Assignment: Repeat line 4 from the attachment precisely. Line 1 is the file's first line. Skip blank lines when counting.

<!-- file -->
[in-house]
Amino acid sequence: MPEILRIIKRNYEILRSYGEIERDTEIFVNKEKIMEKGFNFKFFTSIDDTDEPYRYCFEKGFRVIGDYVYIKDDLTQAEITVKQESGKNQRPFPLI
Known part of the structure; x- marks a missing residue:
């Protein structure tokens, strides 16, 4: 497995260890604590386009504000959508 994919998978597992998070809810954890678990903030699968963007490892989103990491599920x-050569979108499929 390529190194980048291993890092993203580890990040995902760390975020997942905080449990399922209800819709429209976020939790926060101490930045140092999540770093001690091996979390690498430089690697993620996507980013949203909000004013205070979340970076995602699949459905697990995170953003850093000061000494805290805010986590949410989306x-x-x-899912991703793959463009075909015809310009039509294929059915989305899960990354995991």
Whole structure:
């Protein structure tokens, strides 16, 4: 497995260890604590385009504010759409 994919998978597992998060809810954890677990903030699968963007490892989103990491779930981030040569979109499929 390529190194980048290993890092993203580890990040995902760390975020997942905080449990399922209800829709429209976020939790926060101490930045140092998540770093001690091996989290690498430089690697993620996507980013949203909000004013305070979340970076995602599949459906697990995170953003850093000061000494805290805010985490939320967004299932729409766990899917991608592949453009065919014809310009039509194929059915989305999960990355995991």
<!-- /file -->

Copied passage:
């Protein structure tokens, strides 16, 4: 497995260890604590386009504000959508 994919998978597992998070809810954890678990903030699968963007490892989103990491599920x-050569979108499929 390529190194980048291993890092993203580890990040995902760390975020997942905080449990399922209800819709429209976020939790926060101490930045140092999540770093001690091996979390690498430089690697993620996507980013949203909000004013205070979340970076995602699949459905697990995170953003850093000061000494805290805010986590949410989306x-x-x-899912991703793959463009075909015809310009039509294929059915989305899960990354995991």